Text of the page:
Point-counterpoint: Renaming art as reconciliation?

A debate on AGO’s renaming of an Emily Carr painting  

The AGO’s renaming of Indian Church has caused controversy.
Graphic by Laura O'Grady

For: Renaming art is small step to reconciliation 

The recent renaming of Emily Carr’s painting Church at Yuquout Village is controversial, but has spurred discussion about reconciliation in the art world.

Originally called Indian Church, the Art Gallery of Ontario (AGO) renamed it to help eliminate culturally insensitive language from the titles in its collection. 

This step won’t only eliminate culturally insensitive language from titles, but it will reclaim the setting of these pieces and create a standard for the future.  

The AGO’s Curator of Canadian Art, Georgina Uhlyarik, worked with Indigenous curator Wanda Nanibush to remove hurtful and painful terminology from the pieces in the Canadian and Indigenous Art department. The piece was chosen because the title was descriptive and didn’t change the meaning of the painting.

The word “Indian” is a generic descriptor for the diverse populations of Indigenous people who live in North America. However, it’s hardly even descriptive because settlers then and even now use it to describe any Indigenous communities, regardless of specifics.

The choice of using Carr’s painting to commence the process is important. The painting itself raises questions about colonialism, because it depicts a settler structure against the backdrop of Indigenous land. 

Church at Yuquot Village is a powerful piece, and fellow Group of Seven artist Lawren Harris once claimed it was Carr’s best work. Despite its power, the baggage of its name meant renaming the piece was an essential step to create a space that’s open to reconciliation. 

Renaming this piece doesn’t only eliminate offensive language, but recognizes the community where the church was located. 

It’s a reminder that many of the art pieces in the AGO’s Canadian and Indigenous Art department depict colonized Indigenous land and has sparked important conversation.

Discussion of reconciliation reminds Canadians that we have a history and still feel its consequences—and art is not immune to them. 

Hopefully artists will consider this conversation when they name their pieces. This move indicates to artists that culturally insensitive language is not acceptable in reputable art institutions like the AGO.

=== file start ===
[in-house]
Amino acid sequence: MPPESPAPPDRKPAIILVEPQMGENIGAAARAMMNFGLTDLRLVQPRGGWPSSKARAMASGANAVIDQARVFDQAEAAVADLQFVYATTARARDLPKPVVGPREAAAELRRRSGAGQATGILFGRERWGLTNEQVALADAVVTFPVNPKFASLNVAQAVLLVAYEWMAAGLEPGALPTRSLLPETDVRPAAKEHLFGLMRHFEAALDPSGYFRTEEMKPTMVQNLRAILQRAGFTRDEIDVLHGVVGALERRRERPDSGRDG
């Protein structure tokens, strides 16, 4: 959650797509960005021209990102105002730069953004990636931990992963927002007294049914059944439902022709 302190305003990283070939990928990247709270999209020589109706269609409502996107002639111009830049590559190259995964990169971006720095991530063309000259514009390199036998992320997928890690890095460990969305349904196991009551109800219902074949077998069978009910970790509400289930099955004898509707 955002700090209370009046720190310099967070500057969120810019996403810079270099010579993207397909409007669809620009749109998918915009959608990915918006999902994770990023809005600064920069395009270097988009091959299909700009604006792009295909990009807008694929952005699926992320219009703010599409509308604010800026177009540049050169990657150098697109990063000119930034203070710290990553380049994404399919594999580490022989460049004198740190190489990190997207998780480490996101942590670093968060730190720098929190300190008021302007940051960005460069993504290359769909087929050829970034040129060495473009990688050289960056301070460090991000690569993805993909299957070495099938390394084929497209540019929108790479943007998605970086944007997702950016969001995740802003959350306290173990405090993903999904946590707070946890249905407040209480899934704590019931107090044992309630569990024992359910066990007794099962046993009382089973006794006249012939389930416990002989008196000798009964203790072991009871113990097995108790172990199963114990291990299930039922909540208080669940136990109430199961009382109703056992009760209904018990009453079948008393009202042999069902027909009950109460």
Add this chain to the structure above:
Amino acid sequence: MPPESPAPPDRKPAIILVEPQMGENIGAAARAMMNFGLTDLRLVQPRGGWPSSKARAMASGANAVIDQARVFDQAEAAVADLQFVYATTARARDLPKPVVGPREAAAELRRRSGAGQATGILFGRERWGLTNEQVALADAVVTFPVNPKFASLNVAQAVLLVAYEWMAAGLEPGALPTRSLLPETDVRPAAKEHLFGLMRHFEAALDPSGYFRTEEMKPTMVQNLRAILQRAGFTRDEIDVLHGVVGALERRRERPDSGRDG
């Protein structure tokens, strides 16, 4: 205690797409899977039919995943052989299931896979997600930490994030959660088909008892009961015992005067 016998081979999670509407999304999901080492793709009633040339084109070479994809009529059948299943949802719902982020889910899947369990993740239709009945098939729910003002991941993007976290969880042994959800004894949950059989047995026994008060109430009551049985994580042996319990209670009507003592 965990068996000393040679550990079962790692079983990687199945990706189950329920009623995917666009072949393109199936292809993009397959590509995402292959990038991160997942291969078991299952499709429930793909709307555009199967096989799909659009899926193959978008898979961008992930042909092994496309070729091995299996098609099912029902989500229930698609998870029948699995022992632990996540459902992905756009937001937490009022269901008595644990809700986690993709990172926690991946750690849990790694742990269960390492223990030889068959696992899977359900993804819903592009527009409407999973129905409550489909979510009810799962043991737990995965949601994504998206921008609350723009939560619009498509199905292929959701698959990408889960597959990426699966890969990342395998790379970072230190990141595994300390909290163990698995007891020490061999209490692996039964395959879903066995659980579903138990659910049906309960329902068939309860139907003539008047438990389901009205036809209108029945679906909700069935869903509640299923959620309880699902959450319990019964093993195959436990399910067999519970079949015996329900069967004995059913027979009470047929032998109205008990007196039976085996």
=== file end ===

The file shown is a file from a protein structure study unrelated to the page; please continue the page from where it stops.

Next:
—Brigid Goulem, Arts Editor 


Against: Changing the name doesn’t change history 

Renaming Carr’s painting is an act of political correctness that aims to restore dignity while simultaneously disrespecting the history it depicted. 

Though it was still incorrect to call Indigenous peoples “Indian” in 1929, the title of the painting is reflective of the ignorance that prevailed. Changing the name of the painting doesn’t change the way Indigenous peoples in Canada  were treated. 

Carr’s artwork is featured as part of the Canadian art in the AGO. The artwork at the gallery should reflect the truth of our country’s complex history. 

The reality behind the name of the painting reminds Canadians of our colonial past and the atrocious treatment of Indigenous peoples. Renaming the painting is disrespectful to Indigenous communities because it’s a cover up, and unfair to Carr, who can’t defend her decision. 

The curators at the art gallery have installed a panel to explain the painting’s original name and the gallery’s part in renaming it. Though they claim this is an attempt to “open up a conversation about colonial history” they contradict themselves by erasing proof of colonialism. 

Removing “Indian” in the title doesn’t change that settlers used it incorrectly. This is a part of Canada’s history that has to be acknowledged if it’s to move forward and truly reconcile. 

The title change is an action that best serves those who feel guilty—not those who are wronged—and that is hardly a step in the right direction. 

If AGO were to install a panel next to the painting’s original title, with information about the Indigenous village the painting’s church is located in, and how the artist’s language no longer meets the standards of our society, it would be a true attempt to correct our behaviour.

Changing any part of someone’s work fundamentally changes its meaning and misrepresents the creator’s intention. The gallery should offer an apology or explanation beside the painting if they anticipate negative comments about the title. 

Changing it isn’t the solution.   

—Brittany Giliforte, Assistant Arts Editor 

All final editorial decisions are made by the Editor(s)-in-Chief and/or the Managing Editor. Authors should not be contacted, targeted, or harassed under any circumstances. If you have any grievances with this article, please direct your comments to journal_editors@ams.queensu.ca.

When commenting, be considerate and respectful of writers and fellow commenters. Try to stay on topic. Spam and comments that are hateful or discriminatory will be deleted. Our full commenting policy can be read here.